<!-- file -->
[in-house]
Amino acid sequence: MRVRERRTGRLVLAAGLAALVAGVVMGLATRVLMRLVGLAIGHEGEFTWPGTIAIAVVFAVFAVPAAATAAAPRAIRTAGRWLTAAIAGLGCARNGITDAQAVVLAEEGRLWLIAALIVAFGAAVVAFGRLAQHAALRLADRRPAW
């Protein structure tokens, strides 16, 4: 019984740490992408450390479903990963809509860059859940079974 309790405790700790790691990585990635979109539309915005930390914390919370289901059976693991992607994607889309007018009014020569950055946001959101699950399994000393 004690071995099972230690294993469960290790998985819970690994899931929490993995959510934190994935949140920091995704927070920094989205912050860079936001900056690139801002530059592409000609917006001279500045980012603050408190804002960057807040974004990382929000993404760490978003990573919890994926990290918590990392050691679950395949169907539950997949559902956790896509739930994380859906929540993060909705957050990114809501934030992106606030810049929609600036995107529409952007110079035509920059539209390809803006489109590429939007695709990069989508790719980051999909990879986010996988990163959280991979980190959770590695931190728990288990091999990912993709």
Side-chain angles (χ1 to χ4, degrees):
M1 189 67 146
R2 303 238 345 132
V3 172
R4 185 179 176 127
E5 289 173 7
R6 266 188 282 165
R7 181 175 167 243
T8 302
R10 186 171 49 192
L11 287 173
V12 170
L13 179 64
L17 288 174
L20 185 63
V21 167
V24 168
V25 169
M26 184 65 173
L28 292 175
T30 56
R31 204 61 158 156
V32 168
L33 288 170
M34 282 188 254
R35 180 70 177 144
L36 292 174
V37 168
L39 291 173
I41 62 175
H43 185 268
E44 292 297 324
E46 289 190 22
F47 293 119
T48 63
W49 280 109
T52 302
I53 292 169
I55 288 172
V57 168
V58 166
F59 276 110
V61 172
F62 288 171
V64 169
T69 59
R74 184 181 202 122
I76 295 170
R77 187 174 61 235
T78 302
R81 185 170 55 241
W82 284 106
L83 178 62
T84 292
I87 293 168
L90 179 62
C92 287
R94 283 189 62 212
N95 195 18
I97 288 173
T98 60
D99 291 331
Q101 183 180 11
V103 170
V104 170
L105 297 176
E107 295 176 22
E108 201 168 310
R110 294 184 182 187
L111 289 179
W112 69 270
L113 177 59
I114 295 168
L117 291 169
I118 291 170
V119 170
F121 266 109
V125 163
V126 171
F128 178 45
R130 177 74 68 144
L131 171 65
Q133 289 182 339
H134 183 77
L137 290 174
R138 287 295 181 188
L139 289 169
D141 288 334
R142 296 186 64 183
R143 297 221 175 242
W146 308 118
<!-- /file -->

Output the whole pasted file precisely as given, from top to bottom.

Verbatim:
[in-house]
Amino acid sequence: MRVRERRTGRLVLAAGLAALVAGVVMGLATRVLMRLVGLAIGHEGEFTWPGTIAIAVVFAVFAVPAAATAAAPRAIRTAGRWLTAAIAGLGCARNGITDAQAVVLAEEGRLWLIAALIVAFGAAVVAFGRLAQHAALRLADRRPAW
């Protein structure tokens, strides 16, 4: 019984740490992408450390479903990963809509860059859940079974 309790405790700790790691990585990635979109539309915005930390914390919370289901059976693991992607994607889309007018009014020569950055946001959101699950399994000393 004690071995099972230690294993469960290790998985819970690994899931929490993995959510934190994935949140920091995704927070920094989205912050860079936001900056690139801002530059592409000609917006001279500045980012603050408190804002960057807040974004990382929000993404760490978003990573919890994926990290918590990392050691679950395949169907539950997949559902956790896509739930994380859906929540993060909705957050990114809501934030992106606030810049929609600036995107529409952007110079035509920059539209390809803006489109590429939007695709990069989508790719980051999909990879986010996988990163959280991979980190959770590695931190728990288990091999990912993709």
Side-chain angles (χ1 to χ4, degrees):
M1 189 67 146
R2 303 238 345 132
V3 172
R4 185 179 176 127
E5 289 173 7
R6 266 188 282 165
R7 181 175 167 243
T8 302
R10 186 171 49 192
L11 287 173
V12 170
L13 179 64
L17 288 174
L20 185 63
V21 167
V24 168
V25 169
M26 184 65 173
L28 292 175
T30 56
R31 204 61 158 156
V32 168
L33 288 170
M34 282 188 254
R35 180 70 177 144
L36 292 174
V37 168
L39 291 173
I41 62 175
H43 185 268
E44 292 297 324
E46 289 190 22
F47 293 119
T48 63
W49 280 109
T52 302
I53 292 169
I55 288 172
V57 168
V58 166
F59 276 110
V61 172
F62 288 171
V64 169
T69 59
R74 184 181 202 122
I76 295 170
R77 187 174 61 235
T78 302
R81 185 170 55 241
W82 284 106
L83 178 62
T84 292
I87 293 168
L90 179 62
C92 287
R94 283 189 62 212
N95 195 18
I97 288 173
T98 60
D99 291 331
Q101 183 180 11
V103 170
V104 170
L105 297 176
E107 295 176 22
E108 201 168 310
R110 294 184 182 187
L111 289 179
W112 69 270
L113 177 59
I114 295 168
L117 291 169
I118 291 170
V119 170
F121 266 109
V125 163
V126 171
F128 178 45
R130 177 74 68 144
L131 171 65
Q133 289 182 339
H134 183 77
L137 290 174
R138 287 295 181 188
L139 289 169
D141 288 334
R142 296 186 64 183
R143 297 221 175 242
W146 308 118